Meng Wanzhou, the CFO of Chinese tech giant Huawei, has kept a low profile for much of her career. Now she’s at the center of a geopolitical drama between the world’s two largest economies.
The 46-year-old executive was arrested December 1 in Canada, and faces extradition to the United States. After news of her arrest broke late December 5, Meng’s face was splashed across the internet.
Meng is the daughter of Huawei’s billionaire founder, Ren Zhangfei, and her case threatens to ramp up tensions between Washington and Beijing.
“The fact that this is Ren’s daughter and a very senior official in the company sends a very strong message to China: no one is above US law and we will reach out anywhere in the world and arrest you if you break the law,” said Paul Triolo, the head of global tech policy at risk consultancy Eurasia Group.
Tipped for the top?
Despite her position as a senior executive at Huawei, China’s largest smartphone and telecommunications equipment maker, little is known about Meng and her rise through the ranks at the company. It’s not traded on a stock exchange, and its executives are notoriously media shy.
Aside from a brief stint at state-run China Construction Bank after graduating from college in 1992, Meng has spent her entire career at her father’s company.
Her brother, who is known as both Meng Ping and Ren Ping, works at a Huawei subsidiary. The siblings’ roles at the company have fueled speculation that they are being groomed to take over from their father.
In March, Huawei shook up its top ranks, making the founder’s daughter one of four vice chairs of the board. The promotion supported the idea she could one day lead the company.
But Huawei’s founder has repeatedly denied the existence of a succession plan built around his children.
Asked about it in 2010, Ren told Chinese business news site Caixin: “This plan doesn’t exist. It’s too ridiculous to respond to.” In a letter to employees in 2013, he reportedly said his children lacked the vision, character and ambition to lead Huawei.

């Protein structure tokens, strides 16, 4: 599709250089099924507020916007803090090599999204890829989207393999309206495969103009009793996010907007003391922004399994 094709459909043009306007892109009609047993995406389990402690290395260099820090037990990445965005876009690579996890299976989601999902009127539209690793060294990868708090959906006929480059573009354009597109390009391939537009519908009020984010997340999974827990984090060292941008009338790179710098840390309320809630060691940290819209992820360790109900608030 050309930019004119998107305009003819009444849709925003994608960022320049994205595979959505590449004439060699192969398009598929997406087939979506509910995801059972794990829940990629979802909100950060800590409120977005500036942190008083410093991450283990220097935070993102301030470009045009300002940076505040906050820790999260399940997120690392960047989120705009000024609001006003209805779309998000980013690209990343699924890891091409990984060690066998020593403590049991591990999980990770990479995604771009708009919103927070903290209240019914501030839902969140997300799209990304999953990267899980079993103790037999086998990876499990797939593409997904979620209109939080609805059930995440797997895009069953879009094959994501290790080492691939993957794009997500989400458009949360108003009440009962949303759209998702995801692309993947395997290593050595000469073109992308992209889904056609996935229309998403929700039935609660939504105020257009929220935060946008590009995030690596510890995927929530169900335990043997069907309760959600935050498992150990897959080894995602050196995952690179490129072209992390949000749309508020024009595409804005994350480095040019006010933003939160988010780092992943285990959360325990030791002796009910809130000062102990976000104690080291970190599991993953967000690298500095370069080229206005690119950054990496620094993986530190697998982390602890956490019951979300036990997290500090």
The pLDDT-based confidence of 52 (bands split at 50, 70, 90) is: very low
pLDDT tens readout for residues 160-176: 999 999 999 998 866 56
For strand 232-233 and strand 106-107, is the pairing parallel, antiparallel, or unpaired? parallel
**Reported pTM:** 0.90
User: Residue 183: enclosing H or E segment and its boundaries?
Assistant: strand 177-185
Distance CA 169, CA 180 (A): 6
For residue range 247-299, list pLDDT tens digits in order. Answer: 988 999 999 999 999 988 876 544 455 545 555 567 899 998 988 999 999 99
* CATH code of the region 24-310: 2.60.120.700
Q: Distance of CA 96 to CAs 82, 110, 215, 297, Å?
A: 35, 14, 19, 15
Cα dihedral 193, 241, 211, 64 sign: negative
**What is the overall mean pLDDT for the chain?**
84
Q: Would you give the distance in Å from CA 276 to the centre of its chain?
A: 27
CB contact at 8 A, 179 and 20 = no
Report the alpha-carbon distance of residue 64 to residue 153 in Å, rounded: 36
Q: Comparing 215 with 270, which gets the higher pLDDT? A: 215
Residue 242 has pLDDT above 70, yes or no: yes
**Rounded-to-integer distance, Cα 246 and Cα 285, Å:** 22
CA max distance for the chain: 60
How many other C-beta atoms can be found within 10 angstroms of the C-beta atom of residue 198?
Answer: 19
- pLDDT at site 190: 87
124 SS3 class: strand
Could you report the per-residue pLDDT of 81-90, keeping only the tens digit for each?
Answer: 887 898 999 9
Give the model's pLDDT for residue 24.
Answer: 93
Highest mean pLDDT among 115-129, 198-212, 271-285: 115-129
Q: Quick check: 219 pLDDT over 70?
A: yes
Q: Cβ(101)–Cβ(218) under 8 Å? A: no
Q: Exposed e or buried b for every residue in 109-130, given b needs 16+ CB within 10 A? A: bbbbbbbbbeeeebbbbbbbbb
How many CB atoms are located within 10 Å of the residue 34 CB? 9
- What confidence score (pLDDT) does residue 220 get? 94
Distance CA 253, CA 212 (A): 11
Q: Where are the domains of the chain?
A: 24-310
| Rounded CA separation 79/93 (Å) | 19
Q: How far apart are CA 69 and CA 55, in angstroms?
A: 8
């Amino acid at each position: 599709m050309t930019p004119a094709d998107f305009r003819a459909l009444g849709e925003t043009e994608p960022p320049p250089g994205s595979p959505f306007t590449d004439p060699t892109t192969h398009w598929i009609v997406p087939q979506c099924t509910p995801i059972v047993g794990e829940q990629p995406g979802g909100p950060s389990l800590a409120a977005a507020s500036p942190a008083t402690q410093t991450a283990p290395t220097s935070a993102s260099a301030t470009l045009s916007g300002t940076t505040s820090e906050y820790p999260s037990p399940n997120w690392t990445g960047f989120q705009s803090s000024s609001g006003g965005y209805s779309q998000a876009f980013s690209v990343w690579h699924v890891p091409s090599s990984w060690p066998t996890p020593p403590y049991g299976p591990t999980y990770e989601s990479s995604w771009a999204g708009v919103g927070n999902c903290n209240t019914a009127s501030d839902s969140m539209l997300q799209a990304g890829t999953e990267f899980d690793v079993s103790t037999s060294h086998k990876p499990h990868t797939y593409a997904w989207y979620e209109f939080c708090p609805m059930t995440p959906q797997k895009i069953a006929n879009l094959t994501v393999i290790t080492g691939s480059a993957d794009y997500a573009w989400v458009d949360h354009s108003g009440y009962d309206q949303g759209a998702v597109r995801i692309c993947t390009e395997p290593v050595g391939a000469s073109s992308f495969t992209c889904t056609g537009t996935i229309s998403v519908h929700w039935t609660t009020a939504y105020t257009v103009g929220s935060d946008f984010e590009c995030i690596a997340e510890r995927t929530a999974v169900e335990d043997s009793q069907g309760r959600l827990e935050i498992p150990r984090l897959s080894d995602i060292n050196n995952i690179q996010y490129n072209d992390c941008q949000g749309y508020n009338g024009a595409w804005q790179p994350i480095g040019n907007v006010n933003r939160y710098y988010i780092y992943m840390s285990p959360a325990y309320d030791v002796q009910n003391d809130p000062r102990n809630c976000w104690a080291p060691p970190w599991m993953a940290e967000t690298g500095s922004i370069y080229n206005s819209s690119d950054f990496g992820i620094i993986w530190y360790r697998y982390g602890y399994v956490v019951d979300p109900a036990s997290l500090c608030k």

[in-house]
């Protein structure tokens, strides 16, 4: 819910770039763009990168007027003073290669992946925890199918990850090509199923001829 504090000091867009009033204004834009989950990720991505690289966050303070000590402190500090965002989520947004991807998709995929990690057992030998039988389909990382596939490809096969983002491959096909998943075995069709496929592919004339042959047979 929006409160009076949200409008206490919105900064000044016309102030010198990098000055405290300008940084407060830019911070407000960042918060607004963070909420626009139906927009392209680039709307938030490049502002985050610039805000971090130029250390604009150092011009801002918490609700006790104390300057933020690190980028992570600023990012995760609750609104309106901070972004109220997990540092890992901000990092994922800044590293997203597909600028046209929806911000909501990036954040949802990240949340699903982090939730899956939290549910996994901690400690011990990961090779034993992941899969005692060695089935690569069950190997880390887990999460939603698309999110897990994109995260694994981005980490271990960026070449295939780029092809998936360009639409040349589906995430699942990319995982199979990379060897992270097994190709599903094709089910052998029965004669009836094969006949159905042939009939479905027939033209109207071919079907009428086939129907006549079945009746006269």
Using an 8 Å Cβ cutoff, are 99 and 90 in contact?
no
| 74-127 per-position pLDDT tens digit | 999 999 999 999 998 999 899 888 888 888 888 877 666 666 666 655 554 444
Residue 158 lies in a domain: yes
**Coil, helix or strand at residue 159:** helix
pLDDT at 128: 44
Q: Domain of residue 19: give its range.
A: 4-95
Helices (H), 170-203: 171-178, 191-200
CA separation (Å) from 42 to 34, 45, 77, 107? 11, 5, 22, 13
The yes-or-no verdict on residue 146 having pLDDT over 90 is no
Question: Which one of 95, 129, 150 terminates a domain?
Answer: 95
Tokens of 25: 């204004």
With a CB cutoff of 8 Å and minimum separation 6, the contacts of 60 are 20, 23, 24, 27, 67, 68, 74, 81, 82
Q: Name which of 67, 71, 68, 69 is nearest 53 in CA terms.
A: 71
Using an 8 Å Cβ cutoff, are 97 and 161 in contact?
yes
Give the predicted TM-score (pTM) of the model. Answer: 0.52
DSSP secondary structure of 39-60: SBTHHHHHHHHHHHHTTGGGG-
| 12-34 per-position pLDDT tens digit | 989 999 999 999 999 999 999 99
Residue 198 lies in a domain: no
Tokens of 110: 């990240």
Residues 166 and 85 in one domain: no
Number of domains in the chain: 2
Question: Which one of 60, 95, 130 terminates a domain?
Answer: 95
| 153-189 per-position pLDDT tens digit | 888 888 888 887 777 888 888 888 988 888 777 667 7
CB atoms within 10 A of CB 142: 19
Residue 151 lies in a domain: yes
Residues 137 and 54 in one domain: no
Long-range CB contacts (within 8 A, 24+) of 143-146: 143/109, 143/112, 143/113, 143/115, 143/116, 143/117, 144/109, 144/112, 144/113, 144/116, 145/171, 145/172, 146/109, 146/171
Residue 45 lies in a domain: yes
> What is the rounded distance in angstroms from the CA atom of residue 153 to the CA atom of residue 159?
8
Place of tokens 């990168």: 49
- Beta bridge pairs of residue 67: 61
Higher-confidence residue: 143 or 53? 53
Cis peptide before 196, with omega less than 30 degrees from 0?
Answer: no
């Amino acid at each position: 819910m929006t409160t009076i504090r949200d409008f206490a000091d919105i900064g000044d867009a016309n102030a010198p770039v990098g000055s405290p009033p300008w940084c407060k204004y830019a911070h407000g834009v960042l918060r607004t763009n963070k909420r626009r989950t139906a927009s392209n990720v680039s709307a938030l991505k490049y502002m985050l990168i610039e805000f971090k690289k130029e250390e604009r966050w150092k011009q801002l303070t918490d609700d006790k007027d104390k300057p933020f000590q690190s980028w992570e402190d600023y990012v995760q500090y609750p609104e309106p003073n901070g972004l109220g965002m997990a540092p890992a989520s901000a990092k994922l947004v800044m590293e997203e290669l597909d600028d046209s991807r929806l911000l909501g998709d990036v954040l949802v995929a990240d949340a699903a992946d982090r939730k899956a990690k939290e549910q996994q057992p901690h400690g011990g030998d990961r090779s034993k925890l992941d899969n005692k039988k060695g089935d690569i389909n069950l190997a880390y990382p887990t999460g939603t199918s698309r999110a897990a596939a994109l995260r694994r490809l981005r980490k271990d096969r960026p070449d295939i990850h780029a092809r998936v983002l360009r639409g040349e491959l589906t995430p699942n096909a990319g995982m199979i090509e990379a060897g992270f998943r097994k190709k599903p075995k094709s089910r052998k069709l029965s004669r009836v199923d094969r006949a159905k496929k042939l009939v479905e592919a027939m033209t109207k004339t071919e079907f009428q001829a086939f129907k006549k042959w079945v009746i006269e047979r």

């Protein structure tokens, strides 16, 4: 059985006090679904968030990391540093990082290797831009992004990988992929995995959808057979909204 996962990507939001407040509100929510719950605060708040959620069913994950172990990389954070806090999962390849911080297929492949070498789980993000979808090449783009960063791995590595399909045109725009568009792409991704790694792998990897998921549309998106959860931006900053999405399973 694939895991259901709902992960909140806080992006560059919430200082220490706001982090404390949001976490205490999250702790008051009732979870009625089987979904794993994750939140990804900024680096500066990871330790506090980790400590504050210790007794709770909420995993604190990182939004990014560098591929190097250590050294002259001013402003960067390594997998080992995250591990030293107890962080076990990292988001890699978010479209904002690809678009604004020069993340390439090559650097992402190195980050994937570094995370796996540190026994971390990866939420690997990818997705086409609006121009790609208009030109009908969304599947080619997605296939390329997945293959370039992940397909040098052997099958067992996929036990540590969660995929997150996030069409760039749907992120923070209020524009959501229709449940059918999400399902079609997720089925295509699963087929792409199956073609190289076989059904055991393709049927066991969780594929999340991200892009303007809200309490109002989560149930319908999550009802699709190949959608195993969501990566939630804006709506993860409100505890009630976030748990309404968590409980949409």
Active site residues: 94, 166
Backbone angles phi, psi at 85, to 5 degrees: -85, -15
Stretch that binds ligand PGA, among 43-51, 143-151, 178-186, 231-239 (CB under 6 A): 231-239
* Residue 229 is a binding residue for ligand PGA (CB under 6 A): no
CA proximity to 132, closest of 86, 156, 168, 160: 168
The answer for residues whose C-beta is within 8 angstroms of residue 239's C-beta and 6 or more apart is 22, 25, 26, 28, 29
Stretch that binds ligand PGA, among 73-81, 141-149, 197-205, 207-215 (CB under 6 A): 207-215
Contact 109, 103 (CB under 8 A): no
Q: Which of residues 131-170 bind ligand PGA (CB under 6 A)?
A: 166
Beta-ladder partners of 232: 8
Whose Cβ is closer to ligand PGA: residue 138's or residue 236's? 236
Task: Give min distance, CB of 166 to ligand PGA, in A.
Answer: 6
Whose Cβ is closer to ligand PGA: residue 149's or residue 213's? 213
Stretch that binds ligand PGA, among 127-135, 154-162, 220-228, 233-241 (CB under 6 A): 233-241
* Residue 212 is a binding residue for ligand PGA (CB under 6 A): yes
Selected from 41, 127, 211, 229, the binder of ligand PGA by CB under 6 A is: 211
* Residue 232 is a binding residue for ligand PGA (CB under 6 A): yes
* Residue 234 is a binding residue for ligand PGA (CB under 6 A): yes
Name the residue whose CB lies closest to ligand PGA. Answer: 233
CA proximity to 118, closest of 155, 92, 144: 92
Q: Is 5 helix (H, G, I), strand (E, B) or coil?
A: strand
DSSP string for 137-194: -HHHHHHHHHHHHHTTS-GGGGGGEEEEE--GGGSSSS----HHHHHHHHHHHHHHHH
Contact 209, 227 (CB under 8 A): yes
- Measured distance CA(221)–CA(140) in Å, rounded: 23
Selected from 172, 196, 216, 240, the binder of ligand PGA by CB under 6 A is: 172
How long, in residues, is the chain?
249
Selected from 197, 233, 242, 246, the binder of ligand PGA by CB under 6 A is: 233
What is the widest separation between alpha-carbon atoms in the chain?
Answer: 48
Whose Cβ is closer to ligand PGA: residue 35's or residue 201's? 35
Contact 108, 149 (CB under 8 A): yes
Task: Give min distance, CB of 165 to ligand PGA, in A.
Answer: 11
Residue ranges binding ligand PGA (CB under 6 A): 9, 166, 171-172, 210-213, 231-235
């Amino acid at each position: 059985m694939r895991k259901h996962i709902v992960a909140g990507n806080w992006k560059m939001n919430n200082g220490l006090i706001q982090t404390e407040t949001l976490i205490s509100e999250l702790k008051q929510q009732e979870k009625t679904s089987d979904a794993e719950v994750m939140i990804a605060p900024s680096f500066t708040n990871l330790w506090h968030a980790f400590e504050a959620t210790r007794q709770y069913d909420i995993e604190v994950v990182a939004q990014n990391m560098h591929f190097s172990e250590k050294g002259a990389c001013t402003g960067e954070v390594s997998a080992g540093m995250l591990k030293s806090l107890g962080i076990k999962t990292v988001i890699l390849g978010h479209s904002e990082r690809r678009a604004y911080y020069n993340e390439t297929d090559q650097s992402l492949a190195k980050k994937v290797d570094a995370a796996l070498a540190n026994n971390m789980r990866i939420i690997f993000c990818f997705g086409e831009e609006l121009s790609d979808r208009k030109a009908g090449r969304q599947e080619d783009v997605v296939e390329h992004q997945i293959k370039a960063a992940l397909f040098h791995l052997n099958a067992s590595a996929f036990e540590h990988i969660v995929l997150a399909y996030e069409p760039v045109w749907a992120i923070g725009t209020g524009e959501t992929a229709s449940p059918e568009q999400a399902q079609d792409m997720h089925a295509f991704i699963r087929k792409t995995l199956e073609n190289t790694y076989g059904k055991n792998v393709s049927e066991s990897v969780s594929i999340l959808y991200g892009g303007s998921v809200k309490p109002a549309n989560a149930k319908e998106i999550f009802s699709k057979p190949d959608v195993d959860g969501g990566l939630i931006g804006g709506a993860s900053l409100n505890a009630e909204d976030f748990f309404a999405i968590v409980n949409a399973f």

According to its most recent annual report, Huawei is a private company with Ren holding 1.4% of its shares, and the rest owned by more than 80,000 company employees. Ren, 74, is worth $3.4 billion, according to Forbes.
From answering phones to finance chief
Until recently Meng, like her father, rarely spoke to the media.
But in 2013, she gave an interview to 21st Century Business Herald, a Chinese newspaper. She said she was married with two young children and noted that her husband does not work in the telecommunications industry.
Meng also answered questions regarding her last name, saying she changed it when she was 16, taking her mother’s surname.
She started working at Huawei in 1993, a year after graduating from college. Her first job, she said, was answering phones.
Meng went back to university in 1997, graduating with a master’s degree in accounting. When she returned to Huawei the following year, she joined the finance department and that, she said, was when her career took off.
Meng held positions at director and executive level in the accounting and finance departments before becoming CFO.
She spent the 2000s revamping Huawei’s organizational structure and financial systems as the company expanded its business around the world.
Presiding over Huawei’s riches
It is unclear exactly when Meng was promoted to the C-Suite.
Founded in 1987, Huawei only began publishing the names and biographies of the people who run the company in 2011, according to Reuters. The inaugural list already identified Meng as CFO.
Over the past seven years, she has presided over a period of extraordinary financial success at Huawei. The company more than quadrupled its net profit between 2011 and 2017, when it reported 47.5 billion yuan ($6.9 billion).
The company’s global rise has brought it increasing scrutiny from the US government over the same period. And Meng has now become its focal point.